Anaphylactic reactions to a cow's milk whey protein hydrolysate (Alfa-Ré, Nestlé) in infants with cow's milk allergy

Ann Allergy. 1989 Apr;62(4):333-5.


It has been shown in an animal model that cow's milk (CM) protein hydrolysates do not elicit an antibody response to CM proteins and do not induce passive cutaneous anaphylaxis. In addition, babies fed with these formulae during the first months of life do not show antibodies to betalactoglobulin (BLG). These data suggest that these hydrolysates are not antigenic, therefore they have been employed as CM substitutes for the management of infants with CM allergy (CMA). We report five exclusively breast fed infants aged 3 to 8 months (median age = 5 mo) with IgE-mediated CMA, who experienced allergic reactions when they were first fed (median age = 5 months) with a small amount of CM whey protein hydrolysate (Alfa-Ré, Nestlé). Family history was positive for atopy in 3/5 babies. All infants had atopic dermatitis during breastfeeding, positive skin tests, and RAST to CM proteins as well as to Alfa-Ré. Total IgE levels ranged from 45 to 2,990 U/mL. These data show that Alfa-Ré, a CM whey protein trypsin hydrolysate, can trigger severe allergic reactions in children with CMA and it should be employed with great caution as a CM substitute in the management of CMA.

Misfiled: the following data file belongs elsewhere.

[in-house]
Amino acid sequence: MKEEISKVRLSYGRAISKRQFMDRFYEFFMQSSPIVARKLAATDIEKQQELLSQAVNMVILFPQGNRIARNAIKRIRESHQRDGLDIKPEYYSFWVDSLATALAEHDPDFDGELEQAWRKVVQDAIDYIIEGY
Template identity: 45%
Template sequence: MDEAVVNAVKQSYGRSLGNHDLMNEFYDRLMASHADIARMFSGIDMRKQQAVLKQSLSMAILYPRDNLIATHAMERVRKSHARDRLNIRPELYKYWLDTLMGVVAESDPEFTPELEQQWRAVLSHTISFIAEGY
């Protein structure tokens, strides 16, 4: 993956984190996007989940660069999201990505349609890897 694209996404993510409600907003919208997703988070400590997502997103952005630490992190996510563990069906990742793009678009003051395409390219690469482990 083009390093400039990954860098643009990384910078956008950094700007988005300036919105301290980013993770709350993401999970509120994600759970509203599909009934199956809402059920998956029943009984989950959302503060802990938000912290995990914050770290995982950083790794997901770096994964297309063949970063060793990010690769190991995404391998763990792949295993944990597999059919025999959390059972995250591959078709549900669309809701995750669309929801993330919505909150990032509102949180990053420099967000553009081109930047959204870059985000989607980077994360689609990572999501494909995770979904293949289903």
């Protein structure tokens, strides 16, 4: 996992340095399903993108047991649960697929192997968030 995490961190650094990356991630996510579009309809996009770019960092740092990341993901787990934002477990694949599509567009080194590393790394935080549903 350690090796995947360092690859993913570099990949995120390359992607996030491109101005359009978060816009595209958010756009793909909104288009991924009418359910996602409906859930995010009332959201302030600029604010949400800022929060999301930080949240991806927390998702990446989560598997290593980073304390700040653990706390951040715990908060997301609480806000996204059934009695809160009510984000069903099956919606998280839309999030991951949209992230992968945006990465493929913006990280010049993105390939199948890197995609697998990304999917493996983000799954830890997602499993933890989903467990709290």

MeSH terms

  • Anaphylaxis / chemically induced*
  • Food Hypersensitivity / etiology*
  • Food Hypersensitivity / immunology
  • Humans
  • Immunoglobulin E / analysis
  • Infant
  • Male
  • Milk Proteins / adverse effects*
  • Milk, Human / immunology*
  • Skin Tests
  • Whey Proteins


  • Milk Proteins
  • Whey Proteins
  • Immunoglobulin E